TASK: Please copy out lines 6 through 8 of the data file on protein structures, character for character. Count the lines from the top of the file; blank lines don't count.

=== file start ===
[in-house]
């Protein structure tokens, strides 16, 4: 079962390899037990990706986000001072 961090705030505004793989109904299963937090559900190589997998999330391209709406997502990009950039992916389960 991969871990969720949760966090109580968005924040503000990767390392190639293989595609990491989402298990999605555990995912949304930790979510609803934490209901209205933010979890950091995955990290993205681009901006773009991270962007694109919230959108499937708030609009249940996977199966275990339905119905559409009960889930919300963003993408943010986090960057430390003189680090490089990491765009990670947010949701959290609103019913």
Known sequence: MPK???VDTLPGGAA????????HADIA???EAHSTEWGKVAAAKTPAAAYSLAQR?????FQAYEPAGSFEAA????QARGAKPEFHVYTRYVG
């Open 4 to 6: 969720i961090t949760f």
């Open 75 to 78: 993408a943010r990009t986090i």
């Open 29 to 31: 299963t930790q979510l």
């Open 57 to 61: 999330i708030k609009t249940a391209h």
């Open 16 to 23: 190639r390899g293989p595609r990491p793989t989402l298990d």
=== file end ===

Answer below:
């Open 29 to 31: 299963t930790q979510l």
């Open 57 to 61: 999330i708030k609009t249940a391209h």
């Open 16 to 23: 190639r390899g293989p595609r990491p793989t989402l298990d």